Geothermal gradient is the rate of increasing temperature with respect to increasing depth in Earth's interior. Away from tectonic plate boundaries, it is about 25–30 °C/km (72–87 °F/mi) of depth near the surface in most of the world. Strictly speaking, geo-thermal necessarily refers to Earth but the concept may be applied to other planets.
Earth's internal heat comes from a combination of residual heat from planetary accretion, heat produced through radioactive decay, latent heat from core crystallization, and possibly heat from other sources. The major heat-producing isotopes in Earth are potassium-40, uranium-238, uranium-235, and thorium-232. At the center of the planet, the temperature may be up to 7,000 K and the pressure could reach 360 GPa (3.6 million atm). Because much of the heat is provided by radioactive decay, scientists believe that early in Earth history, before isotopes with short half-lives had been depleted, Earth's heat production would have been much higher. Heat production was twice that of present-day at approximately 3 billion years ago, resulting in larger temperature gradients within the Earth, larger rates of mantle convection and plate tectonics, allowing the production of igneous rocks such as komatiites that are no longer formed.
Temperature within the Earth increases with depth. Highly viscous or partially molten rock at temperatures between 650 to 1,200 °C (1,200 to 2,200 °F) are found at the margins of tectonic plates, increasing the geothermal gradient in the vicinity, but only the outer core is postulated to exist in a molten or fluid state, and the temperature at the Earth's inner core/outer core boundary, around 3,500 kilometres (2,200 mi) deep, is estimated to be 5650 ± 600 Kelvin. The heat content of the Earth is 1031 joules.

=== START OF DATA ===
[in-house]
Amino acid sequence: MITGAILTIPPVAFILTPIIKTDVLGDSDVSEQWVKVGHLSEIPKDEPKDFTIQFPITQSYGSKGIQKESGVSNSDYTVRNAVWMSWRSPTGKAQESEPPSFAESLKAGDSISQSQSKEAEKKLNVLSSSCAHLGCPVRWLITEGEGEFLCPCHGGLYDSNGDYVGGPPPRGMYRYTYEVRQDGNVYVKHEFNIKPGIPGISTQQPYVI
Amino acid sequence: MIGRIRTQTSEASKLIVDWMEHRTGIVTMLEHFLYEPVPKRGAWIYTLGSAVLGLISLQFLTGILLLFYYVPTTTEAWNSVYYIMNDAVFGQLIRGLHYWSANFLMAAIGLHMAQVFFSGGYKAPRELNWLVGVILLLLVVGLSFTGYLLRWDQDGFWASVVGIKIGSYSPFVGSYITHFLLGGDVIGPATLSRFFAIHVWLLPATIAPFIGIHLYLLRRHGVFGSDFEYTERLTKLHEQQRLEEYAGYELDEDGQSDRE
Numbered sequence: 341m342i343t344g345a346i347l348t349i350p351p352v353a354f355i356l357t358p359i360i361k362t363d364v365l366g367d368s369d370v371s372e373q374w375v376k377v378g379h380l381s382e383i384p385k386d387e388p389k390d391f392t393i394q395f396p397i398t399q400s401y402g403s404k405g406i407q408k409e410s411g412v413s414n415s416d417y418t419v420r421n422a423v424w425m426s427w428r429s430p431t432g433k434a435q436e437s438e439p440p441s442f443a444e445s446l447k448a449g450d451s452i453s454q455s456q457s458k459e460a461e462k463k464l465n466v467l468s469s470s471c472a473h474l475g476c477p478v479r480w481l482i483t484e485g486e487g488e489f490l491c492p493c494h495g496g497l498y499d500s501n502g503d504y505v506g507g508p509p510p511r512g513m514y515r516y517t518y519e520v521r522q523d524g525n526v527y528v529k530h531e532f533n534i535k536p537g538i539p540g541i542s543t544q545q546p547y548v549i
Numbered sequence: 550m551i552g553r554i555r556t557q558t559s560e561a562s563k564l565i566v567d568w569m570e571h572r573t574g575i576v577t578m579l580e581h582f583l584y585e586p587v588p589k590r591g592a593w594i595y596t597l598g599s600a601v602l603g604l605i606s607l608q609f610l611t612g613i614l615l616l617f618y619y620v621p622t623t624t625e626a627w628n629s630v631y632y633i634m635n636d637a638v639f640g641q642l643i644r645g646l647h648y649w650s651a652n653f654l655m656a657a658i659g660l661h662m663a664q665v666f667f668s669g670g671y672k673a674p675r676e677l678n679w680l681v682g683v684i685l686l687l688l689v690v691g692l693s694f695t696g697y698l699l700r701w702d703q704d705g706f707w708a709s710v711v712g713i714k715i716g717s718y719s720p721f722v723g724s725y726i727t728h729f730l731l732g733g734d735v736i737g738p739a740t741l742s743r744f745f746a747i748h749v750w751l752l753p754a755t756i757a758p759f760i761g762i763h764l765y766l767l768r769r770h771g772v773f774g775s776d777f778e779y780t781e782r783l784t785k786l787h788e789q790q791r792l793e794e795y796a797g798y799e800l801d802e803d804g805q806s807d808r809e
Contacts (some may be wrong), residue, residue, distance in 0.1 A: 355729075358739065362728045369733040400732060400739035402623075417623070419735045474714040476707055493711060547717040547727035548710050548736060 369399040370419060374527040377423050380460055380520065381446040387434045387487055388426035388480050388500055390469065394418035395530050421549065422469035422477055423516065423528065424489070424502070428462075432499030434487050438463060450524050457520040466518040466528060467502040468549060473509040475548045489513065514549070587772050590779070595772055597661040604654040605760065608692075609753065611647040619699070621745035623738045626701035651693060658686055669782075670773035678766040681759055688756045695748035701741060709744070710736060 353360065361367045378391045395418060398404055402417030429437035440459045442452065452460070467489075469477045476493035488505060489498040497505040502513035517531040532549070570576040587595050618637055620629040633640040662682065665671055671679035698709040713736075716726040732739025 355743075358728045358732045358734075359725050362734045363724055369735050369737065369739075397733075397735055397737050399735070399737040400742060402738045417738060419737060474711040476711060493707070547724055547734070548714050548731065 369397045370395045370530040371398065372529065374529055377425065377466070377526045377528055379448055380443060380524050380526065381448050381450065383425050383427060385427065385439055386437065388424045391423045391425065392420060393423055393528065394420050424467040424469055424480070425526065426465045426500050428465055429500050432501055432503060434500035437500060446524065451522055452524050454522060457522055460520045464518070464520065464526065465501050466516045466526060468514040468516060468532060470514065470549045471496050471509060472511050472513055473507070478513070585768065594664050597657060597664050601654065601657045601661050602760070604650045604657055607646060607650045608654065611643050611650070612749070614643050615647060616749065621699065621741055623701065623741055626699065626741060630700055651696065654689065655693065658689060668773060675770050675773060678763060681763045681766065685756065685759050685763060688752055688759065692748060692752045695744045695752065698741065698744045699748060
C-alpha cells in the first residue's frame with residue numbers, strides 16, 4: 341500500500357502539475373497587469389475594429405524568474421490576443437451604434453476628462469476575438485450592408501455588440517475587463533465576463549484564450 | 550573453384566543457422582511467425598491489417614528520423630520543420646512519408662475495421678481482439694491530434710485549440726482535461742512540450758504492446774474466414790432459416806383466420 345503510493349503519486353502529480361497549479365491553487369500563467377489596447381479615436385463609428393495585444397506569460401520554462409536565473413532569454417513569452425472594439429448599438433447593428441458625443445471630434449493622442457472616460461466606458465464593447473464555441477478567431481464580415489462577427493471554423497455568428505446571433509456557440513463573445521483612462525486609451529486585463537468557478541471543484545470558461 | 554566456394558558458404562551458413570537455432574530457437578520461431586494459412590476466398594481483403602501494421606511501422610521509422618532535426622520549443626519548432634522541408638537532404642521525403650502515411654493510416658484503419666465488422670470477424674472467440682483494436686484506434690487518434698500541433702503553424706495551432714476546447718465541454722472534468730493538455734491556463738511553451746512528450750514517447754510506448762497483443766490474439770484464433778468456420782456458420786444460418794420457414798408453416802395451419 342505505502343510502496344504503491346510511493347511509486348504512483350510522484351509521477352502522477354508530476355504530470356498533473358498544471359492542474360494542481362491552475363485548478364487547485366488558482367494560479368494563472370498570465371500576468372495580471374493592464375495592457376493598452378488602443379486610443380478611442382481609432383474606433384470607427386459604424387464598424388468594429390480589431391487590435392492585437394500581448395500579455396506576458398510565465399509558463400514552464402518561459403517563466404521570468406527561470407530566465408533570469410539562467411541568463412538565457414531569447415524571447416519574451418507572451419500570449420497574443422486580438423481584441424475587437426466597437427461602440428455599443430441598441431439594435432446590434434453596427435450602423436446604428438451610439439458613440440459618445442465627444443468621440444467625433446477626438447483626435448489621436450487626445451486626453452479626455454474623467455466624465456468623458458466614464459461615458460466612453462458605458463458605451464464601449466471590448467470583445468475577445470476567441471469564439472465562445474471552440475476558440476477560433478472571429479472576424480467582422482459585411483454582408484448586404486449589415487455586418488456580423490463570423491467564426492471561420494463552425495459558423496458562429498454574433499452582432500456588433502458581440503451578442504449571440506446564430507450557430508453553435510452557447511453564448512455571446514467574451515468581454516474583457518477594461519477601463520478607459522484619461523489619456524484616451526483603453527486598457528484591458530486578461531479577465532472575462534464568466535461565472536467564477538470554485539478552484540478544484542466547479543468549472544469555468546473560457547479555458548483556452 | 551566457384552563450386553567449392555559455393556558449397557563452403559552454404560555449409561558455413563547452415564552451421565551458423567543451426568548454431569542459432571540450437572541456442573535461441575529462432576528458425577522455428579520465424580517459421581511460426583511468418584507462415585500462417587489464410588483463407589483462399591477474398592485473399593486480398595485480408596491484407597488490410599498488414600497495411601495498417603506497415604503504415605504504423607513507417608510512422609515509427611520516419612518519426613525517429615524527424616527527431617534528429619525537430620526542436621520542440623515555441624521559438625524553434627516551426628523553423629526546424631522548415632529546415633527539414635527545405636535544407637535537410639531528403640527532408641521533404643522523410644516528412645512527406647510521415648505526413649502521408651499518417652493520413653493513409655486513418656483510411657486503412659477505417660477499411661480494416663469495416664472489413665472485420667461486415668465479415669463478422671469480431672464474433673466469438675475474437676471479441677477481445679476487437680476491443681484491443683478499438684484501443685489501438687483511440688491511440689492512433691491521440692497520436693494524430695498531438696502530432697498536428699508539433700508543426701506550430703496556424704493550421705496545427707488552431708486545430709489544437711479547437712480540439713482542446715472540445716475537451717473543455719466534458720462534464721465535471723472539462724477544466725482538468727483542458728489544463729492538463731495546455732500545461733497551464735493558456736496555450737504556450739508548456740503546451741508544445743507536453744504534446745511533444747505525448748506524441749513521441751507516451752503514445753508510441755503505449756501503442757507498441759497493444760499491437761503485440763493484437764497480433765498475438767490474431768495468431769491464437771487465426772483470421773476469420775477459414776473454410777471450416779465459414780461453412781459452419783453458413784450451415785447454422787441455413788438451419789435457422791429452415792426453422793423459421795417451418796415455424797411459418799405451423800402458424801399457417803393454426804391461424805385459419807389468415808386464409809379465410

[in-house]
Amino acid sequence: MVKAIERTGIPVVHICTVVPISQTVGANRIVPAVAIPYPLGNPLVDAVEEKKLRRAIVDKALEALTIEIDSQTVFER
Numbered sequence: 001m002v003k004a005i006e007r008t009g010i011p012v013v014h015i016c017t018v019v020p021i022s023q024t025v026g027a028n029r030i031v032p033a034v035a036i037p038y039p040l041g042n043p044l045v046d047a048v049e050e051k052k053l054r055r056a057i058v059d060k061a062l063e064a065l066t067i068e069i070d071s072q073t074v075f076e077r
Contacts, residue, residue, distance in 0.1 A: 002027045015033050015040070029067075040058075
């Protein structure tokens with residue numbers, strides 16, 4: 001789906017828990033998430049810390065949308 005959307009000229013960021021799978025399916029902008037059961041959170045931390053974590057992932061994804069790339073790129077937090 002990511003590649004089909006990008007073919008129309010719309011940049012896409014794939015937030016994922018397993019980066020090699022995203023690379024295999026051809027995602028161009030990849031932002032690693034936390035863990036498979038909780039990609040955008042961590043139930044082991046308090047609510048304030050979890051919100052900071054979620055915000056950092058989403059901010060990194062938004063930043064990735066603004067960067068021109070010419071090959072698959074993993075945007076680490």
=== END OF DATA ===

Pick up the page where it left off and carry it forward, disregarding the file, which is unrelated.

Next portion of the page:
- Much of the heat is created by decay of naturally radioactive elements. An estimated 45 to 90 percent of the heat escaping from the Earth originates from radioactive decay of elements mainly located in the mantle.
- Gravitational potential energy released during the accretion of the Earth.
- Heat released during differentiation, as abundant heavy metals (iron, nickel, copper) descended to the Earth's core.
- Latent heat released as the liquid outer core crystallizes at the inner core boundary.
- Heat may be generated by tidal forces on the Earth as it rotates. The resulting earth tides dissipate energy in Earth's interior as heat.
- There is no reputable science to suggest that any significant heat may be created by the Earth's magnetic field, as suggested by some contemporary folk theories.
In Earth's continental crust, the decay of natural radioactive isotopes makes a significant contribution to geothermal heat production. The continental crust is abundant in lower density minerals but also contains significant concentrations of heavier lithophilic minerals such as uranium. Because of this, it holds the most concentrated global reservoir of radioactive elements found in the Earth. Naturally occurring isotopes are enriched in the granite and basaltic rocks, especially in layers closer to Earth's surface. These high levels of radioactive elements are largely excluded from the Earth's mantle due to their inability to substitute in mantle minerals and consequent enrichment in melts during mantle melting processes. The mantle is mostly made up of high density minerals with higher concentrations of elements that have relatively small atomic radii such as magnesium (Mg), titanium (Ti), and calcium (Ca).